Evaluations Underway After Soyuz Coolant Leak (Updated)


Three Russian Cosmonauts spent Sunday relaxing and watching the World Cup finale on the International Space Station as the smart people who put them there figured out how to get them down. The station’s remote robot arm will take photos of the coolant leak that will likely make their Soyuz capsule unuseable for the trip back to earth. It’s likely a launch being prepped at the Baikonur launch site in Kazakhstan will be expedited to pick them up if the leak, which might have been caused by a meteorite, can’t be fixed. In the meantime there’s no immediate danger.

The leak, which was first detected on Dec. 14, was traced back to the spacecraft’s external radiator cooling loop. According to NASA, controllers successfully completed a test of the MS-22’s thrusters on Friday, finding that all systems tested were optimal. “At the moment, all systems of the ISS and the ship are operating normally, the crew is safe,” Roscosmos said in a statement (trans.). “After analyzing the situation, a decision will be made on the further actions of both specialists on Earth and members of the crew of the ISS Russian Segment.”

The temperature inside the capsule has been lowered but is still within limits, the Russians said. The MS-22 launched from Kazakhstan’s Baikonur Cosmodrome in on Sept. 21 with NASA astronaut Frank Rubio and Roscosmos cosmonauts Sergey Prokopyev and Dmitri Petelin onboard.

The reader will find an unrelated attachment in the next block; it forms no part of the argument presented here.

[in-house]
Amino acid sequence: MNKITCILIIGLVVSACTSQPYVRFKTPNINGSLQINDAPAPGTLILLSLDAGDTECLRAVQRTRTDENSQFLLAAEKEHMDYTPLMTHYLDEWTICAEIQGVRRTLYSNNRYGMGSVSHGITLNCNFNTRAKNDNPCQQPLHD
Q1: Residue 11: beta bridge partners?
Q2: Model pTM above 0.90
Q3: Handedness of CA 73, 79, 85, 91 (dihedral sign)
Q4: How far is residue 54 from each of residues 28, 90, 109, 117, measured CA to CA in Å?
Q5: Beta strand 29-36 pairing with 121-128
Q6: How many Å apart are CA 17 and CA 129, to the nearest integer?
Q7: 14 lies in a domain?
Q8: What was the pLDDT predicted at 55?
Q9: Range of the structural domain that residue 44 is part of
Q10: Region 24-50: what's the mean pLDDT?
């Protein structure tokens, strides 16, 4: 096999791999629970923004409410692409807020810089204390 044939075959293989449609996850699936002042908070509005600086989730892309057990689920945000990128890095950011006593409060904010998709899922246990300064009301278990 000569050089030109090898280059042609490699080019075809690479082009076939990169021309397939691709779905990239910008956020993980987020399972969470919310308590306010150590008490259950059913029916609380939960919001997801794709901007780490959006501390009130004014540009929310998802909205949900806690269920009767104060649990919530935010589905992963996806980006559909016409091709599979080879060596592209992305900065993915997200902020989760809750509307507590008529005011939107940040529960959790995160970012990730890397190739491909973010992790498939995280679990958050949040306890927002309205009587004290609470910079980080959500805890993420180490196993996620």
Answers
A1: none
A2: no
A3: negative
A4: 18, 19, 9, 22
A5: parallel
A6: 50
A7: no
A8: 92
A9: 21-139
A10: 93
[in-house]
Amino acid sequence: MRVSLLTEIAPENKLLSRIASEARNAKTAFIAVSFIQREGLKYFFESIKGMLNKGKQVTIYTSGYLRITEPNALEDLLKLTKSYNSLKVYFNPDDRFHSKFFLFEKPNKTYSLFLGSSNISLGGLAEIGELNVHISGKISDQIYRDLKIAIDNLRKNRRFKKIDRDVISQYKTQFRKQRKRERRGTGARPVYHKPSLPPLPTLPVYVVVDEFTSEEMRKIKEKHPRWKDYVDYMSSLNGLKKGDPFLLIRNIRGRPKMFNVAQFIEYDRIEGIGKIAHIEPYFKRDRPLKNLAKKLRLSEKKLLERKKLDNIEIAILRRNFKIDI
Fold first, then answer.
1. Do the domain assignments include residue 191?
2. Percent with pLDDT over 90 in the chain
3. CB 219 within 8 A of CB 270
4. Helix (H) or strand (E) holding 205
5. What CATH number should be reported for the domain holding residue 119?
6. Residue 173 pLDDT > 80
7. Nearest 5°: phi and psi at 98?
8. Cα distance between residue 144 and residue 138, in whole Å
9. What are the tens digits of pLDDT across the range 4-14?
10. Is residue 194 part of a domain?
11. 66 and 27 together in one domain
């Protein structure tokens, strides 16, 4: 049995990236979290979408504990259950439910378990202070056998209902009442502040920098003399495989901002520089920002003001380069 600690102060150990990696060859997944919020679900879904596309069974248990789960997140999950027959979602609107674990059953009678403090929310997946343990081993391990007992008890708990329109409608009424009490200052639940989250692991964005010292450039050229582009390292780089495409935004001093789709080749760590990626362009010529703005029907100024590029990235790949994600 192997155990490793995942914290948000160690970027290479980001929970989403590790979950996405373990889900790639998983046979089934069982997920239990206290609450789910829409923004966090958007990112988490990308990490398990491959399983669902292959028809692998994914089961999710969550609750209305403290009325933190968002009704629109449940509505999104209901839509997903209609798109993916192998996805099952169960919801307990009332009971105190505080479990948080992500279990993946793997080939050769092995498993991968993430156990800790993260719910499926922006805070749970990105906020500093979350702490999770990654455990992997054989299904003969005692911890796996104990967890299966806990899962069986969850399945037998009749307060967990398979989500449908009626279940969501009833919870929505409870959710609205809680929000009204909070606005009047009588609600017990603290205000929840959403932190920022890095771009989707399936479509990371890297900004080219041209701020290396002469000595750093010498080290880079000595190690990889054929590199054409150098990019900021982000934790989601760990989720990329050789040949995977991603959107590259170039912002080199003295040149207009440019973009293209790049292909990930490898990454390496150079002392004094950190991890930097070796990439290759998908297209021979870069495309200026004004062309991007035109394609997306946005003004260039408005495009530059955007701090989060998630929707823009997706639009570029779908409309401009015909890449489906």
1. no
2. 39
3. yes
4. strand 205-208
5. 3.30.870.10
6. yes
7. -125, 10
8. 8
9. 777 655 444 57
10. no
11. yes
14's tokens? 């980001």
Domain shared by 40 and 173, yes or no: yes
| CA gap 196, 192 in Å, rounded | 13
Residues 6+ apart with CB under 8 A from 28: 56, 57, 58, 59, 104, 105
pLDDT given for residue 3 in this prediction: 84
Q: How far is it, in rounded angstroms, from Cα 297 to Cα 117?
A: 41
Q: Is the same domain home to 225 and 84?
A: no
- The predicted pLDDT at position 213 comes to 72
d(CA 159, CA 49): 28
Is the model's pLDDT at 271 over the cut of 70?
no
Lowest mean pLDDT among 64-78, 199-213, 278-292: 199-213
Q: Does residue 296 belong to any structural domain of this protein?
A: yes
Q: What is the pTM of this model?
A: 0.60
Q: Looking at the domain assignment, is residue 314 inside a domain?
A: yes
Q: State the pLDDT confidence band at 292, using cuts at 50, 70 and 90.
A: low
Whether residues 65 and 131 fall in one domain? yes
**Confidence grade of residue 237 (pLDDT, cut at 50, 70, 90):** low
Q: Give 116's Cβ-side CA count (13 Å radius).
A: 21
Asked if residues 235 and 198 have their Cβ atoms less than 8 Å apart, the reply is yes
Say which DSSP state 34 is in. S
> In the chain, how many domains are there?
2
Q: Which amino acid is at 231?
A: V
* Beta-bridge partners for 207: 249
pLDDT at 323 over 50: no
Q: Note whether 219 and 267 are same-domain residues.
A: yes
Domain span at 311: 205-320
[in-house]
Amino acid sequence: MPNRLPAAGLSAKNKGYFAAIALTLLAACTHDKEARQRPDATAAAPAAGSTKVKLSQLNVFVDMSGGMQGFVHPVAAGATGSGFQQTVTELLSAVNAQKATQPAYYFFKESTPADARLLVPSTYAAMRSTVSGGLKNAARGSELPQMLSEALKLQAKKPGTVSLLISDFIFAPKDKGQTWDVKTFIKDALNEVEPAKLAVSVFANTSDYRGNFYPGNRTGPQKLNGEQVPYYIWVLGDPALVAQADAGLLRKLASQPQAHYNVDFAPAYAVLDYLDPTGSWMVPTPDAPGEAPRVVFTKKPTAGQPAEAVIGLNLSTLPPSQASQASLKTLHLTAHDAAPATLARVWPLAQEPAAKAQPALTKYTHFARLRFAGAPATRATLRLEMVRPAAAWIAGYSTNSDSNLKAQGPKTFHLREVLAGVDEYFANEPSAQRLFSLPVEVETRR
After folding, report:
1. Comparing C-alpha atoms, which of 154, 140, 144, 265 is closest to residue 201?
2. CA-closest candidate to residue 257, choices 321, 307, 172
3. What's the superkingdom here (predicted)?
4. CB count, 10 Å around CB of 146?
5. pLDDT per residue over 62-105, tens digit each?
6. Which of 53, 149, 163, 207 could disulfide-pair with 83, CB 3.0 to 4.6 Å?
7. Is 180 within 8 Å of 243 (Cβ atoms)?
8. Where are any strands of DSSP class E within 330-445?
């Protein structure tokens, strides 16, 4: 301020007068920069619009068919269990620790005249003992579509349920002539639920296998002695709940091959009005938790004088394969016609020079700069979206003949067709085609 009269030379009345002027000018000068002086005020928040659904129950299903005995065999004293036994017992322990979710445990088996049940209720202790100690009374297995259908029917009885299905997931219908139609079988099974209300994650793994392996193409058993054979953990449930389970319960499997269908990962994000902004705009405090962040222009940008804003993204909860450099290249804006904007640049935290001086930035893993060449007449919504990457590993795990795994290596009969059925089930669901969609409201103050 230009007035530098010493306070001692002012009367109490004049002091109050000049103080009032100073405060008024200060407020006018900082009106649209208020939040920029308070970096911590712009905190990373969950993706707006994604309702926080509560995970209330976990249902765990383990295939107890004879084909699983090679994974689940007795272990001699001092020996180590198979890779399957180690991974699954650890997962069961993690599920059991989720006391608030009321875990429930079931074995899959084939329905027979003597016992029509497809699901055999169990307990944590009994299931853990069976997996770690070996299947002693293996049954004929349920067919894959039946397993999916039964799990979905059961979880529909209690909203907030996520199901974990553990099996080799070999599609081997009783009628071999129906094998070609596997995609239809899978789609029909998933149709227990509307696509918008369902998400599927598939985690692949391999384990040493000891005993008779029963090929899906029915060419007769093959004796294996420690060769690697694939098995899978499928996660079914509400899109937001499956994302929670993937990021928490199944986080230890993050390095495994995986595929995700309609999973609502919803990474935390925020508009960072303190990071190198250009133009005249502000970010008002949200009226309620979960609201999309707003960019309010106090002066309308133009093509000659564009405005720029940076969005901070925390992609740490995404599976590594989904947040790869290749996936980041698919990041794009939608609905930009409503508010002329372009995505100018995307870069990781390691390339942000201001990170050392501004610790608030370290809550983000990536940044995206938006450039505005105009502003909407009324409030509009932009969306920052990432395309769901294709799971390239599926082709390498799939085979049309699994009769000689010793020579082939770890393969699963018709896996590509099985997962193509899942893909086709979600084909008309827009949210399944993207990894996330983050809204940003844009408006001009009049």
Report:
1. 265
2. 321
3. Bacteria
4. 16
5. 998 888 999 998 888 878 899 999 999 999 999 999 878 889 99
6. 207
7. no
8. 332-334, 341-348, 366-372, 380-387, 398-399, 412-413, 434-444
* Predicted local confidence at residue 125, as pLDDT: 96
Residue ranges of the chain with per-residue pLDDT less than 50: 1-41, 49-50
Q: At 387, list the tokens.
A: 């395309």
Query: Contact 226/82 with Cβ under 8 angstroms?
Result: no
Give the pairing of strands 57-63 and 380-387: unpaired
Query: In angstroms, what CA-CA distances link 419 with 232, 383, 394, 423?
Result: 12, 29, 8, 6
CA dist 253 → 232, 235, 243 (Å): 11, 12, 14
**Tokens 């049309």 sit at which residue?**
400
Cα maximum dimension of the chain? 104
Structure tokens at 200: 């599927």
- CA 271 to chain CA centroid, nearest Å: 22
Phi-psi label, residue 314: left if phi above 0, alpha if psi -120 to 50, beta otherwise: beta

Kate O'Connor
Kate O’Connor works as AVweb's Editor-in-Chief. She is a private pilot, certificated aircraft dispatcher, and graduate of Embry-Riddle Aeronautical University.

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  1. I hope this issue is resolved, and in the broader context, I am reassured to hear that the Russians and US are still cooperating in this venture.

  2. They, have, and will, continue to work together, if the politicians keep their noses out of it! The engineers and astronauts are learned people. Politicians??????????

  3. With the amount of space junk floating around out there, some of it as small as pin heads, and the ever increasing amount being put there (e.g. hundreds of SpaceX mini sats) disabling collisions will become more hazardous. Hopefully Russian space products are better than the junk the military is fielding in Ukraine.